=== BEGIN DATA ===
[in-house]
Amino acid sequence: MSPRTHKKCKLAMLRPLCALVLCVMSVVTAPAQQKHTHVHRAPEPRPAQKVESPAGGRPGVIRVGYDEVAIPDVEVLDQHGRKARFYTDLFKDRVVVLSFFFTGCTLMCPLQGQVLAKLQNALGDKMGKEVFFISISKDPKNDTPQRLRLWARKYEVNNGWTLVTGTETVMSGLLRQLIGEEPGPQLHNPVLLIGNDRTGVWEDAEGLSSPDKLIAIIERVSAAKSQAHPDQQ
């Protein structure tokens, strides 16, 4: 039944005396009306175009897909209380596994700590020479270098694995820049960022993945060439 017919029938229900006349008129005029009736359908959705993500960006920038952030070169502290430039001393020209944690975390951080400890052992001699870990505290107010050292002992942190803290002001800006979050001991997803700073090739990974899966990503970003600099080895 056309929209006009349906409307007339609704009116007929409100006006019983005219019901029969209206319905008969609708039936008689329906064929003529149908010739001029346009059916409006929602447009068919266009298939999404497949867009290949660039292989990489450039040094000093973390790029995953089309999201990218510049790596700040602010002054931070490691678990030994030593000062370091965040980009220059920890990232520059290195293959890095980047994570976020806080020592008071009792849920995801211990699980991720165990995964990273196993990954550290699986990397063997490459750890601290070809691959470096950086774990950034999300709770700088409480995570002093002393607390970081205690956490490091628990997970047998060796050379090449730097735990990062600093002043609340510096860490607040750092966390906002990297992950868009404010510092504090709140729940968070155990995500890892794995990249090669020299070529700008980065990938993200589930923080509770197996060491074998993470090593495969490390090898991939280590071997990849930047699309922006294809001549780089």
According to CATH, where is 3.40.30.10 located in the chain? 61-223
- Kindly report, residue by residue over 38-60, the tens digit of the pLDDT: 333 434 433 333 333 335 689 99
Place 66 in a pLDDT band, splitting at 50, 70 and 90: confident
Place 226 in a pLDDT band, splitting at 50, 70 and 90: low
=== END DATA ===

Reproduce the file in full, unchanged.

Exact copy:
[in-house]
Amino acid sequence: MSPRTHKKCKLAMLRPLCALVLCVMSVVTAPAQQKHTHVHRAPEPRPAQKVESPAGGRPGVIRVGYDEVAIPDVEVLDQHGRKARFYTDLFKDRVVVLSFFFTGCTLMCPLQGQVLAKLQNALGDKMGKEVFFISISKDPKNDTPQRLRLWARKYEVNNGWTLVTGTETVMSGLLRQLIGEEPGPQLHNPVLLIGNDRTGVWEDAEGLSSPDKLIAIIERVSAAKSQAHPDQQ
């Protein structure tokens, strides 16, 4: 039944005396009306175009897909209380596994700590020479270098694995820049960022993945060439 017919029938229900006349008129005029009736359908959705993500960006920038952030070169502290430039001393020209944690975390951080400890052992001699870990505290107010050292002992942190803290002001800006979050001991997803700073090739990974899966990503970003600099080895 056309929209006009349906409307007339609704009116007929409100006006019983005219019901029969209206319905008969609708039936008689329906064929003529149908010739001029346009059916409006929602447009068919266009298939999404497949867009290949660039292989990489450039040094000093973390790029995953089309999201990218510049790596700040602010002054931070490691678990030994030593000062370091965040980009220059920890990232520059290195293959890095980047994570976020806080020592008071009792849920995801211990699980991720165990995964990273196993990954550290699986990397063997490459750890601290070809691959470096950086774990950034999300709770700088409480995570002093002393607390970081205690956490490091628990997970047998060796050379090449730097735990990062600093002043609340510096860490607040750092966390906002990297992950868009404010510092504090709140729940968070155990995500890892794995990249090669020299070529700008980065990938993200589930923080509770197996060491074998993470090593495969490390090898991939280590071997990849930047699309922006294809001549780089």
According to CATH, where is 3.40.30.10 located in the chain? 61-223
- Kindly report, residue by residue over 38-60, the tens digit of the pLDDT: 333 434 433 333 333 335 689 99
Place 66 in a pLDDT band, splitting at 50, 70 and 90: confident
Place 226 in a pLDDT band, splitting at 50, 70 and 90: low